Students Alex Mather, at left, and Vaneeza Rupani, stand near the countdown clock at the News Center at NASA’s Kennedy Space Center in Florida on July 28, 2020. Mather named the Perseverance rover, and Rupani named the Ingenuity helicopter.
Standing on the viewing balcony with NASA administrator Jim Bridenstine, NASA scientist Dr. Lori Glaze, engineers, and his sister Kyra, Burke
seventh grader Alexander Mather was in his element. He recently named the Mars rover “Perseverance,” and won a NASA contest to earn his place on the deck at Cape Canaveral.
It took perseverance for the NASA team to send a rocket to Mars, and more perseverance for Alexander to win a competition to name the Mars rover that’s packed onto the NASA rocket, so it was an all-around fantastic experience that he will never forget.
“These were American heroes,” he was out there with. “Perseverance just kind of came to me, it was best for the mission, that’s why I chose it,” Alexander said. Perseverance has a human quality, and that played heavily on his choice.
The name contest began last August. Nearly 4,700 volunteer judges consisting of educators, professionals and space enthusiasts from around the country, reviewed submissions to help narrow the pool down to 155 semifinalists. Once that group was whittled down to nine finalists, the public had five days to weigh in on their favorites, logging more than 770,000 votes online, with the results submitted to NASA for consideration. The nine finalists also talked with a panel of experts, including Dr. Glaze; NASA astronaut Jessica Watkins; rover driver Nick Wiltsie at NASA's Jet Propulsion Laboratory in Pasadena, California; and Clara Ma, who, as a sixth-grade student in 2009, named Curiosity.
The experience has had a huge impact on Alex, said his mother Erin Mather, who was on the trip to the launch pad in Florida. “Our favorite part was definitely the launch, the NASA folks seemed calm and confident but we couldn’t help but feel nervous,” she said.
Vaneeza Rupani, a junior at Tuscaloosa County High School in Northport, Ala., also named NASA’s Mars Helicopter traveling to Mars with
Perseverance through the same contest. Her name for the helicopter was “Ingenuity,” and she was also on the balcony watching the launching.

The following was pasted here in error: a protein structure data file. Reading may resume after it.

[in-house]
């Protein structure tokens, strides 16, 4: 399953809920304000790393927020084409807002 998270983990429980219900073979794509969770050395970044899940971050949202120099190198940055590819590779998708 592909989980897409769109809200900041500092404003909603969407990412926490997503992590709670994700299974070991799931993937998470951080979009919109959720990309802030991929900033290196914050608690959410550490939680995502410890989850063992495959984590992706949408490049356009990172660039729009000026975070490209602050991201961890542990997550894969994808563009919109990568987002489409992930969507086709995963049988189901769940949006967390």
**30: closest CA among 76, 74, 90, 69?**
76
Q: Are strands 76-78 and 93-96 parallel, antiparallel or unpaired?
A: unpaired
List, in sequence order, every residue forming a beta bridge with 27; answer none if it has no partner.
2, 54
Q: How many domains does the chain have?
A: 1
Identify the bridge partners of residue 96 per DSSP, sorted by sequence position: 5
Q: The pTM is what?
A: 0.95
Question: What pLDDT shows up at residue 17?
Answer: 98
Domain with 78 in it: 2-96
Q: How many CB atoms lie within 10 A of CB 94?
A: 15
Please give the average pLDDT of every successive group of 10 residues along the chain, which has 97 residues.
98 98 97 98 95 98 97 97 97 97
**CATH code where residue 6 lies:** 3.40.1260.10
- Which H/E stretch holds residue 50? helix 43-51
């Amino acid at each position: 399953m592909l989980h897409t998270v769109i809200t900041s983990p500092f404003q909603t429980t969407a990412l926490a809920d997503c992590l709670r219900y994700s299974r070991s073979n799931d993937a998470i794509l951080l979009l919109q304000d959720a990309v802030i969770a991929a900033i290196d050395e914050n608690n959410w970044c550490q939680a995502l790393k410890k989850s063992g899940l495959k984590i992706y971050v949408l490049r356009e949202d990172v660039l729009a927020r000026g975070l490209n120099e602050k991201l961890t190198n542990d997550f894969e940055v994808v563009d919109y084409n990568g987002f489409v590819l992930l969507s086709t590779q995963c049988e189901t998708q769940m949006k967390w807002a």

According to NASA, perseverance is expected to land on Mars on Feb. 18, 2021. The rover will search for habitable conditions in the ancient past and signs of past microbial life on Mars. It will be the first mission to get samples of the planet and bring them back to Earth. The launch date was originally planned for July 17, but they pushed it back a few days, so the landing date could change by a few days.
As with others his age, Alexander has many other interests in addition to space travels. He’s into robotics also, and explained the link to the term “Arduino,” which is an “open-source electronic prototyping platform enabling users to create interactive electronic objects,” their company information stated. Alex credits his parents for sending him to space camp for his eleventh birthday., and his father David said that the camp was a big influence. “He wants to go to Mars. He’s always been interested in science and space,” David Mather said.
In early March when the votes had been tallied up, the officials at Lake Braddock got word of Alex’s winning entry and gathered everyone in the auditorium for the announcement. The surprise announcement was aired live from NASA in California. Thomas Zurbuchen, associate administrator for the science mission directorate at NASA headquarters in Washington, D.C., says, “Curiosity is always a part of exploration, but the flip side of curiosity is perseverance. Perseverance and curiosity are what exploration is all about.” So it was Alex’s entry along with his essay, which he read aloud, that won the main prize.
In the essay, Alex talked about the achievements of the human race. “The human race will always persevere into the future,” the essay said. Fairfax County Public Schools Superintendent Scott S. Brabrand addressed Alex and the students at Lake Braddock. “This school is planting the seed in you. This school will have a lasting presence in space,” Brabrand said.
Alex’s mother originally saw the contest come across the NASA.gov feed and asked Alex if he’d be interested. “Once I saw the article announcing the contest, I was so excited that not doing it was not an option,” Alex said. Sister Kyra, a Sangster Elementary School student, looked up to him. “I’m really proud of my brother. He did an amazing thing,” she said. Alex went to Sangster also.
Alex’s goals are to get his high school diploma, go to college and major in engineering or space engineering, and then work at NASA. He’s shown interest over the summer with model rockets and programming. “We hope this has a lasting impact,” Erin Mather said.
The naming contest partnership is part of a Space Act Agreement in educational and public outreach efforts between NASA; Battelle of Columbus, Ohio; and Future Engineers. Amazon Web Services is a prize provider for the Mars 2020 naming contest.